Saudi Aramco has outlined huge capital expenditures plan through 2025, with the lion’s share of the spending targeted on expanding upstream capacity for oil and gas as the decade progresses.
Revealing its record annual profit in 2022 on Sunday, Aramco said it expects its capital expenditure to rise to between $45 billion to $55 billion this year and keep growing until the middle of this decade.
Aramco chief executive Amin Nasser said in an audio webcast on Monday that almost 60% of the capital expenditure is likely to remain focused on the upstream sector in the short term, with the remaining 40% is expected to be shared between downstream, low carbon and other key domains.
Over the longer term, Aramco expects that its spending would be about 50% for the upstream sector and the balance 50% for downstream, low carbon and other key projects, Nasser said.
Wide capex range
While Aramco shared the broad overview of its 2023 capital expenditure programme, it did not further reveal the details of its ambitious spending plans.
Aramco chief financial officer Ziad T Al-Murshed said the company has provided a much wider range for its capex plans.
“In terms of the big range, between $45 billion and $55 billion [capex]… this is due to external investments. However, we do not disclose the details of our organic spending programmes, while the inorganic opportunities are currently being negotiated,” he said.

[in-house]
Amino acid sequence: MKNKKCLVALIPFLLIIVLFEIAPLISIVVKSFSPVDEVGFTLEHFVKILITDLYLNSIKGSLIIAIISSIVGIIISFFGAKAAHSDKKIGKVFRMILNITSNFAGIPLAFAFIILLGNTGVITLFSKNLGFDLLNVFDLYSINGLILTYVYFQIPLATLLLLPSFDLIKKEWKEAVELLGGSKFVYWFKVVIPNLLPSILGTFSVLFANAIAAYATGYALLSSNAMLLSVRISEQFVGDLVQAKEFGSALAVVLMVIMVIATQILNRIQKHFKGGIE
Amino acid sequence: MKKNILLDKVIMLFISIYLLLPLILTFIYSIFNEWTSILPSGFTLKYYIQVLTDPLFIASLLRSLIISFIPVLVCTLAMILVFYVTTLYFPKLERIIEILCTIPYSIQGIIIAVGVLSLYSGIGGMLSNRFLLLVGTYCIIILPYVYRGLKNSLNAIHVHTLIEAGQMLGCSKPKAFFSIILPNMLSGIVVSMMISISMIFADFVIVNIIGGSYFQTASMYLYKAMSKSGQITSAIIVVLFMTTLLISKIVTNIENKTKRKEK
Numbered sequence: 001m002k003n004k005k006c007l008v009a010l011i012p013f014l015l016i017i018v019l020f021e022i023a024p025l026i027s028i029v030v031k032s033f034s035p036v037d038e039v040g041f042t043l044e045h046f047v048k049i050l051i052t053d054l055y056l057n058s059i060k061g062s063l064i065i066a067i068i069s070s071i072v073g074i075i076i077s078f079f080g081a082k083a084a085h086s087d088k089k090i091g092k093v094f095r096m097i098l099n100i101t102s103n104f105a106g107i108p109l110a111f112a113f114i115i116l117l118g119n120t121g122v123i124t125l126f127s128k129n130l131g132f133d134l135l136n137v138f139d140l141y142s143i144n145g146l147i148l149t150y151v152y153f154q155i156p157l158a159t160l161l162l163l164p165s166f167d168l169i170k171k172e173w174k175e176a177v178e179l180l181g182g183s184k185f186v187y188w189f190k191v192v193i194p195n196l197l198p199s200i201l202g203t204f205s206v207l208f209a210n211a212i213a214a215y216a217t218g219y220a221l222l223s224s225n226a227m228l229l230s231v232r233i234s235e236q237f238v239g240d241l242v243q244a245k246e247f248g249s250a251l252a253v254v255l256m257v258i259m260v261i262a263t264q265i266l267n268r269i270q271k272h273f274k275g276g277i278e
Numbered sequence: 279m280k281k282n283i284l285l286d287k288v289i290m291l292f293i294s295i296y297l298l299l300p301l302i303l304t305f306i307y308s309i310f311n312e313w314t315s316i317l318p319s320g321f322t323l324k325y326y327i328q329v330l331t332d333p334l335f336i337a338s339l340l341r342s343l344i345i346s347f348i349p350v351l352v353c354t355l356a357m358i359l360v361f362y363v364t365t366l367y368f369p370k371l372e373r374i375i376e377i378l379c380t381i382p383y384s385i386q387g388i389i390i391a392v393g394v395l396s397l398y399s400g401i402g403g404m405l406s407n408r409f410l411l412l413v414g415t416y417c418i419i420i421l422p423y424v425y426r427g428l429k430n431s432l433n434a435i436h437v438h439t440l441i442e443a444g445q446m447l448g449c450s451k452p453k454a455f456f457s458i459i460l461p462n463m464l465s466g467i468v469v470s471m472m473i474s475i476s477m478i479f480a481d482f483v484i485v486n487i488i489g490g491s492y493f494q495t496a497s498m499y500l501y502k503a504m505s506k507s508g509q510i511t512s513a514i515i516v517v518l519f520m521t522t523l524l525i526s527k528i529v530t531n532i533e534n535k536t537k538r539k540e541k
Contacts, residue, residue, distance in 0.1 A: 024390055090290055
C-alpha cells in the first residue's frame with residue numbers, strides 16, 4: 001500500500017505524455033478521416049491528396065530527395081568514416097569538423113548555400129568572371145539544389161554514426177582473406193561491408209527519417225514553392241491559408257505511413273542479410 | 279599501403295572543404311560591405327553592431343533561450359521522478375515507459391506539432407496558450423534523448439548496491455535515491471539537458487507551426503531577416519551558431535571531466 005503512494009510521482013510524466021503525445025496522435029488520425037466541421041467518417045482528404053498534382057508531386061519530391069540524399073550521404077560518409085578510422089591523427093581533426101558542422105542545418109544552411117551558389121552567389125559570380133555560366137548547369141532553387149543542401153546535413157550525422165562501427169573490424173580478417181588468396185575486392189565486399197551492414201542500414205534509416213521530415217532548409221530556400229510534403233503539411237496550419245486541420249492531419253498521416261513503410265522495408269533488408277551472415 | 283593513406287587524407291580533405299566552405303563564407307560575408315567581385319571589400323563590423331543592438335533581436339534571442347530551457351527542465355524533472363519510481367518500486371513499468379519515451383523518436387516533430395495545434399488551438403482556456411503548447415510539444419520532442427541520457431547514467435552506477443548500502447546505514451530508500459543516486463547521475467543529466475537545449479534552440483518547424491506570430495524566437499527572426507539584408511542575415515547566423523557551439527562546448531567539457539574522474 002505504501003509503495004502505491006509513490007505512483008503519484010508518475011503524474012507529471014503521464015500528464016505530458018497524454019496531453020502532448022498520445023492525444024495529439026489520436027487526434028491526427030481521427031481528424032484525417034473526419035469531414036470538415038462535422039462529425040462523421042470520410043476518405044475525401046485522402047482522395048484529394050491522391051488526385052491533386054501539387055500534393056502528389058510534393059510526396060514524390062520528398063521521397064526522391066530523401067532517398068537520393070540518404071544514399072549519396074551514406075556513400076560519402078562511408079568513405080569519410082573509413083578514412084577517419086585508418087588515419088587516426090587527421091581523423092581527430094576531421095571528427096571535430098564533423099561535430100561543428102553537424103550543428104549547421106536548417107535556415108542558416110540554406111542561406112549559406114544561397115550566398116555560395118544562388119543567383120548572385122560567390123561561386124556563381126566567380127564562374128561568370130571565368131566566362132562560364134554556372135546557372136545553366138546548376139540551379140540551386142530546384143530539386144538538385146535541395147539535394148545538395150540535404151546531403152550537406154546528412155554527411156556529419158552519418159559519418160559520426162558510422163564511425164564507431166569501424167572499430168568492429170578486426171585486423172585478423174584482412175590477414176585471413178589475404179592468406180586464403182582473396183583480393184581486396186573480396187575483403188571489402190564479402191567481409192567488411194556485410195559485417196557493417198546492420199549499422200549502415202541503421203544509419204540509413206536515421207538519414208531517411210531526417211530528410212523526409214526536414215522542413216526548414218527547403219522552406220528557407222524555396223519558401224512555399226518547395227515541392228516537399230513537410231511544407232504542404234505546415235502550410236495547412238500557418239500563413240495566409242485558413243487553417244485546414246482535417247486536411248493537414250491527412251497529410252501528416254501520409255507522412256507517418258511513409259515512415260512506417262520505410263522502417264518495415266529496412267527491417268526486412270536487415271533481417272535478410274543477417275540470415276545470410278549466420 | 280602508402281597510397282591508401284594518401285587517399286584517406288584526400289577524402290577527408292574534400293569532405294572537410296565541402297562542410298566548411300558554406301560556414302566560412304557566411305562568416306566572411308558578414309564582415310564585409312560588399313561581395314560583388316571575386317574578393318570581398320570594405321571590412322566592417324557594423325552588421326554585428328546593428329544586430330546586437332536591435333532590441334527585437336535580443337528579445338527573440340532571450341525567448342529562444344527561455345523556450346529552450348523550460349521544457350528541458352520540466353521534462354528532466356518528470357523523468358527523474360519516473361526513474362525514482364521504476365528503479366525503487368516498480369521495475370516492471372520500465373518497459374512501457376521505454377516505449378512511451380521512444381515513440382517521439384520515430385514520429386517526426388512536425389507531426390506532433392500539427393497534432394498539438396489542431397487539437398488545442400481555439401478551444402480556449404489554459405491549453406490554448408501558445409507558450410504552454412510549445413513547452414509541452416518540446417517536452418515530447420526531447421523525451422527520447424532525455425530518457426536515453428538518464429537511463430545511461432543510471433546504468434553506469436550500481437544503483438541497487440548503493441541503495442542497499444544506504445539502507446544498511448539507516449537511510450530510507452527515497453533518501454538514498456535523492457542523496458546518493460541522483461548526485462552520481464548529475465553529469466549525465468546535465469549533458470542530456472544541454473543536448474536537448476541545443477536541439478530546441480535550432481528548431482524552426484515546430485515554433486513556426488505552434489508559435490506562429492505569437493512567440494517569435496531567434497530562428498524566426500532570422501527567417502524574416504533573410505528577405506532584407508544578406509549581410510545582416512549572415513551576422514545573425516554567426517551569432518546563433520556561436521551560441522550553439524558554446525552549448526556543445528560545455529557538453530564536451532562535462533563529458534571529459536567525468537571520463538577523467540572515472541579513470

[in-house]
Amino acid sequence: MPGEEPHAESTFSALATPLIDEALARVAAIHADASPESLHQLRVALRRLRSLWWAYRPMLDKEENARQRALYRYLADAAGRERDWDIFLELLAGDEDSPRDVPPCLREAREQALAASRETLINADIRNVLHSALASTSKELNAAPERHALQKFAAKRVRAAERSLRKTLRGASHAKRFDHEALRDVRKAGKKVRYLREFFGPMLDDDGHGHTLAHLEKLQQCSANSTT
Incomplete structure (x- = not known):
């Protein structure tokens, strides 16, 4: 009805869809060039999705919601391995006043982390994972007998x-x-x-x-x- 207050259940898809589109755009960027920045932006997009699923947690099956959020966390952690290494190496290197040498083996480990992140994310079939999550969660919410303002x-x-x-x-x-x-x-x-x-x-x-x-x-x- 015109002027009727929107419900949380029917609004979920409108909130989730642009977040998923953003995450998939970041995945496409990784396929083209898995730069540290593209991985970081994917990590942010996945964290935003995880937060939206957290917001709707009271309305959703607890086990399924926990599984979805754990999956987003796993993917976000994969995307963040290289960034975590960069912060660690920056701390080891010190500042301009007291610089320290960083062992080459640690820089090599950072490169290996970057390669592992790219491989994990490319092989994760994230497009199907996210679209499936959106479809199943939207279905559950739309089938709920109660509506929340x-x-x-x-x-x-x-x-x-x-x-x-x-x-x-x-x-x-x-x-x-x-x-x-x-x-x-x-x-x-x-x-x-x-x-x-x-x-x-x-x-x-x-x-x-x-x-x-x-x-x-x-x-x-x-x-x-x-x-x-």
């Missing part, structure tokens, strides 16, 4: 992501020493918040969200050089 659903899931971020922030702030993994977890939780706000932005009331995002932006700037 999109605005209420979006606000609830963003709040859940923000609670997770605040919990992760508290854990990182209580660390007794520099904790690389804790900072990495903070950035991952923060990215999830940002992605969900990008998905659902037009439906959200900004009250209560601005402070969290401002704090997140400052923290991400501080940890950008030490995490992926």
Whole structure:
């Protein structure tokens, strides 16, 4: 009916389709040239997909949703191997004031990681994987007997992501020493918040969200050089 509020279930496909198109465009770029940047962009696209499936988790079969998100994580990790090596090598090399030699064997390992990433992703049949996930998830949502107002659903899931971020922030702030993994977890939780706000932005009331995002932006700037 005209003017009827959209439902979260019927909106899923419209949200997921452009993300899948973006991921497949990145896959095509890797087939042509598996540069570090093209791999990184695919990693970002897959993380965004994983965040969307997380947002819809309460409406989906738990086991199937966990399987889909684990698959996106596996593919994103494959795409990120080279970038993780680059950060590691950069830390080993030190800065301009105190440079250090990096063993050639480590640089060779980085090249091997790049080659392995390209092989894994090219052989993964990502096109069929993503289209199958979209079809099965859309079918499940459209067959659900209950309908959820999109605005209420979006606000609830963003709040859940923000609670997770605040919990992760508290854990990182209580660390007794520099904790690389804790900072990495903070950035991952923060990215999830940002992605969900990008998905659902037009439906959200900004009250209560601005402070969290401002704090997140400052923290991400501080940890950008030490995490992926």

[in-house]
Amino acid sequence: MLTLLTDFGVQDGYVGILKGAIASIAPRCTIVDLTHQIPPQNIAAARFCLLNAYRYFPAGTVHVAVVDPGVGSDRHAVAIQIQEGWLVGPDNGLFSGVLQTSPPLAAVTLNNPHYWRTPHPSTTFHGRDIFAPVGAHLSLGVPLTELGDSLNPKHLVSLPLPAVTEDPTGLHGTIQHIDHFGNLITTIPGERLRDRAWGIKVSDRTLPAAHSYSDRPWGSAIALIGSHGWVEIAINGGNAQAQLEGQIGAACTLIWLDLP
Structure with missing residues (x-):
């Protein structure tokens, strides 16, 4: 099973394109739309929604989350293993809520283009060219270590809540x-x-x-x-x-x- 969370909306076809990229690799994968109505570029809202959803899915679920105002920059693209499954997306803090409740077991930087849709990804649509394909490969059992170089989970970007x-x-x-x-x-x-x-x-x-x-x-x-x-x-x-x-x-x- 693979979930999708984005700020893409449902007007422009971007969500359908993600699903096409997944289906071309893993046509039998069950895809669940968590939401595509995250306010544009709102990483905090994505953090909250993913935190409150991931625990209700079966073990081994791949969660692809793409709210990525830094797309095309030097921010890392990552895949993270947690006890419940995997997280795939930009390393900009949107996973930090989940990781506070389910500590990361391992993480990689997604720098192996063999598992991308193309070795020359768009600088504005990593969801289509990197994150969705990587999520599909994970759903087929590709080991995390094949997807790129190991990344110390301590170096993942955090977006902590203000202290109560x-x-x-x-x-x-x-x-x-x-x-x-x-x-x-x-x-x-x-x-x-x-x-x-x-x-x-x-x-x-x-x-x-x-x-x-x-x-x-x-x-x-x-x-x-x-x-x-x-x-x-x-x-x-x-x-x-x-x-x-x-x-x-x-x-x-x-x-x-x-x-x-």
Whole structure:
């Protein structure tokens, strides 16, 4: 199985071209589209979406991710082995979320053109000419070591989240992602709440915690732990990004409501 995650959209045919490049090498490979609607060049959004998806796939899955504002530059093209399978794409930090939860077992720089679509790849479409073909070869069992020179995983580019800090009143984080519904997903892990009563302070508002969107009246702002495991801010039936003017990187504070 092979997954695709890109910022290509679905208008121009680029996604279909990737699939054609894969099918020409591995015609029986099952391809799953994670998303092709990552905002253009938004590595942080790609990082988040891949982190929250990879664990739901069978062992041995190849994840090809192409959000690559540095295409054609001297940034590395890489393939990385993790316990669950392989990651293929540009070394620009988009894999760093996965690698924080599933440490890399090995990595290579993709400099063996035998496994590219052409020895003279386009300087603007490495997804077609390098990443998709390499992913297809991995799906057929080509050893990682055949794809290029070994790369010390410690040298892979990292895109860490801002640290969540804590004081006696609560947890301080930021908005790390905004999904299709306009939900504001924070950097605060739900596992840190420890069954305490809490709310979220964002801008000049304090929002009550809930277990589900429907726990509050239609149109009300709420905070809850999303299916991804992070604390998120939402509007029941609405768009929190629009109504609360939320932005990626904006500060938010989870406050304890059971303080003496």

Al-Murshed said that last year “both organic and inorganic spending was around $40 billion,” which was the lower range of the company’s overall capital expenditure guidance.
“However, what I can tell you is that organic capital investments are increasing from 2022 and our investments would continue to increase until about mid-decade,” he added.
Nasser said Aramco’s plan to expand its maximum sustainable production oil capacity to 13 million barrels per day is well on track to be achieved by 2027, along with its plans to expand its gas production capacity by 50% by 2030.
The key upstream oilfield expansion projects, which are likely to attract significant capital expenditure include the country’s Dammam, Berri, Marjan, Zuluf and Safaniyah expansion programmes.
The oilfields will collectively contribute to Aramco’s vision of a maximum sustainable capacity of 13 million bpd by 2027.
At least 75,000 bpd incremental capacity is likely to come from the Dammam field, another 250,000 bpd from Berri, 300,000 bpd from Marjan, up to 600,000 bpd from Zuluf and an additional 700,000 bpd from the Safaniyah expansion in the coming years, Aramco noted.
On the gas front, Aramco said it is poised to commission its Haradh, Hawiyah and Tanjaib gas plans later this year, with a combined compression capacity of 1.3 billion cubic feet per day of gas and an integrated processing capacity of 3.7 Bcfd.
Sizeable volumes of unconventional gas are also likely to come on stream in the coming years from the kingdom’s massive Jafurah unconventional programme.